With the whole bathroom reno going on we found ourselves in a pickle with the medicine cabinet situation. The medicine cabinet was original to the house and in a size that’s no longer standard. We would have had to get a custom one made or do some wall repair to fit a smaller, standard sized one. Both seemed like a hassle, costly and a tad unnecessary.
So instead we decided to keep the medicine cabinet put and update it to make it fit our style. Look at that hideous bathroom!
The one that was there even had a slot for used razors. I love that charm and no we didn’t go taking the thing apart to see if there are actually razors in there. But I kind of feel like there are!
I started by cleaning the whole thing really well. It took a few rounds of cleaning it because I mean its 70+ years old and we all know the formers owners didn’t clean. Ever.
I wanted this to be an inexpensive project so I used paint we already had on hand. I went with Country Chic’s Pebble Beach which is a grey color that’s neutral and didn’t clash with the wall color.
It took three coats to get full coverage and then a few rounds of touch ups. Every time the paint dried I feel like we would find another spot that wasn’t covered fully.
Once we put it back together it looked so fresh and new again. I cleaned the glass shelves and lined them with that rubbery liner stuff so things wouldn’t slide around.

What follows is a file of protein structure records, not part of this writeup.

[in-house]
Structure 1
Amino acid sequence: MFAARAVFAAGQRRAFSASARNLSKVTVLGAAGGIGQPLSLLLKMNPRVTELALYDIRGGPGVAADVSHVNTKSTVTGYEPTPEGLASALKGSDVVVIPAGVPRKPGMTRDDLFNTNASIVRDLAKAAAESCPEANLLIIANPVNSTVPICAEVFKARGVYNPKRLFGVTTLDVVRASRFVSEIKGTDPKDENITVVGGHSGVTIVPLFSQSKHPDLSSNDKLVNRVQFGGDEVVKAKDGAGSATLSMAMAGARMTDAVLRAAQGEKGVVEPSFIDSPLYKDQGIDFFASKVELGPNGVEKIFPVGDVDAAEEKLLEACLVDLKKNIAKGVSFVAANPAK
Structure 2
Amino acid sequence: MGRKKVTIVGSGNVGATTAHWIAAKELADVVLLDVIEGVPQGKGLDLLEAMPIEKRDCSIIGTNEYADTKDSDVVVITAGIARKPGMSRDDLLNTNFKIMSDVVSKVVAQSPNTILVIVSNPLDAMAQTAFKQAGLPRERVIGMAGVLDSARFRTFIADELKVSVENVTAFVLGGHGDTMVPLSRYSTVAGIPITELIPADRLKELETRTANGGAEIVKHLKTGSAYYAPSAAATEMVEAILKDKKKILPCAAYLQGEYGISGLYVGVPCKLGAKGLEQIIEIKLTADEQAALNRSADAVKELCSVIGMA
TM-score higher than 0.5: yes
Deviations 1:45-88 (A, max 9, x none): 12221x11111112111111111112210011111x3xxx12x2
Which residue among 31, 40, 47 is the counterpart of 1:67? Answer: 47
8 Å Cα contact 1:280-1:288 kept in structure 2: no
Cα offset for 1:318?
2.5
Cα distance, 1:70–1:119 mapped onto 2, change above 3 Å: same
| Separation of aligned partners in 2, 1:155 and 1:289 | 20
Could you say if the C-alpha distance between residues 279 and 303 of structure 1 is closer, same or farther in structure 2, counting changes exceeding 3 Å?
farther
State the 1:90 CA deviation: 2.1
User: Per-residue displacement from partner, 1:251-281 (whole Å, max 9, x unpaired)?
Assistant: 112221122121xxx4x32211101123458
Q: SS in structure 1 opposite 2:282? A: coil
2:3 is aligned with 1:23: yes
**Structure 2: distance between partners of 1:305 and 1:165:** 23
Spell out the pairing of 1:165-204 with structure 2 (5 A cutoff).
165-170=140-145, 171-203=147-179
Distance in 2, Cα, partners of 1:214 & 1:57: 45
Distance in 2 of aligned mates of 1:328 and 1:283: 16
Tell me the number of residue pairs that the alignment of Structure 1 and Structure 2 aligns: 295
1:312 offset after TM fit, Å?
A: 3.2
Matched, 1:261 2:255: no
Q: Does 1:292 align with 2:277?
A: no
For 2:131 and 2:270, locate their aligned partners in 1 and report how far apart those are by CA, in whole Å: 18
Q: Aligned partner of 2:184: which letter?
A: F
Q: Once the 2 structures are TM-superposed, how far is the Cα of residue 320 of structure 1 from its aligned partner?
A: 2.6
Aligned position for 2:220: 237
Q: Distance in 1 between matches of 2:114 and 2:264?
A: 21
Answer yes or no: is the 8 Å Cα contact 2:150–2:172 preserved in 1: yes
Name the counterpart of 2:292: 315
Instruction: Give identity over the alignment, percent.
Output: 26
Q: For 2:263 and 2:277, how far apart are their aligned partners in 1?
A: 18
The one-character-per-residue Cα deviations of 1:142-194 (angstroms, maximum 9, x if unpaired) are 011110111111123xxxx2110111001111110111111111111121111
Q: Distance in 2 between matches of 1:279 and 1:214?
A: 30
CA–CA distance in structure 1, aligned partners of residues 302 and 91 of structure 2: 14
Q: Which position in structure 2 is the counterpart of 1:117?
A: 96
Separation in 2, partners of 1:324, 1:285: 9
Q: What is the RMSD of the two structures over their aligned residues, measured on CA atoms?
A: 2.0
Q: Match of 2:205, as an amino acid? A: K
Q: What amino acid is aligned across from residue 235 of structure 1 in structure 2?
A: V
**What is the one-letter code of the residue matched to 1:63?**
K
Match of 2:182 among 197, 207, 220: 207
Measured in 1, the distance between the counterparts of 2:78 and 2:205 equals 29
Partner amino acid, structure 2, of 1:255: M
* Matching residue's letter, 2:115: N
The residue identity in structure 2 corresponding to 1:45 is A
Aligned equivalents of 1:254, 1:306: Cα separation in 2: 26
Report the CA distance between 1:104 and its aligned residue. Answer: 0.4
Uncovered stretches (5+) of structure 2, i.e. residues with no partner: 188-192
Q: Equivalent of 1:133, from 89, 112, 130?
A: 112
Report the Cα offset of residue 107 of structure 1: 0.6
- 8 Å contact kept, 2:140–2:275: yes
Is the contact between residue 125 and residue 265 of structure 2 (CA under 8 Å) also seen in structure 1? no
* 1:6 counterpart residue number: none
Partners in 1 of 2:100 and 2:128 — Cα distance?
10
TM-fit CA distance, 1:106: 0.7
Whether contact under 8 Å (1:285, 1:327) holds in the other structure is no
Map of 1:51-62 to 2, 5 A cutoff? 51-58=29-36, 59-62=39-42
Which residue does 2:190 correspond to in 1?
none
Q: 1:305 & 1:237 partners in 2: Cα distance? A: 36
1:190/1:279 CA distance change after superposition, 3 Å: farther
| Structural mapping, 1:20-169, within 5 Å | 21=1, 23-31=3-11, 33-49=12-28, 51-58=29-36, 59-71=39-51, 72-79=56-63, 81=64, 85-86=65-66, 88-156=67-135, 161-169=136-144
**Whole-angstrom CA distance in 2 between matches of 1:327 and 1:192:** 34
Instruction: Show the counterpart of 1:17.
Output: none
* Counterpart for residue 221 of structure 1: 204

For the front of the cabinet, we wanted to get a frame for it, but again it’s a custom size, so I couldn’t just go down to the Hobby Lobby and pick up a frame.
Instead I picked up two, 45 cent shims at Home Depot. They’re found in the lumber section with the dowels. Al cut them with 45 degree angles and wood glued them together. We let it dry for a few days – only because we were preoccupied with other projects – before staining. We used a stain that we had left over from other projects, Minwax’s Jacobean. We did stain both sides of the frame because once it was on the mirror you could see the back of the wood that was unstained, ya know, because it’s a mirror so it reflected.
To secure the frame to the mirror Al used liquid nails to glue it on. He clamped it to ensure it would stay put while drying. I was out of town on a work trip during this process. Those are the best projects, you leave, you come back, it’s done!
Once it was fully dried it was secure and we had an entirely different medicine cabinet. I’m happy to report that our bathroom is officially done. Photos to come this week!
The cost breakdown of the medicine cabinet upgrade looked like this: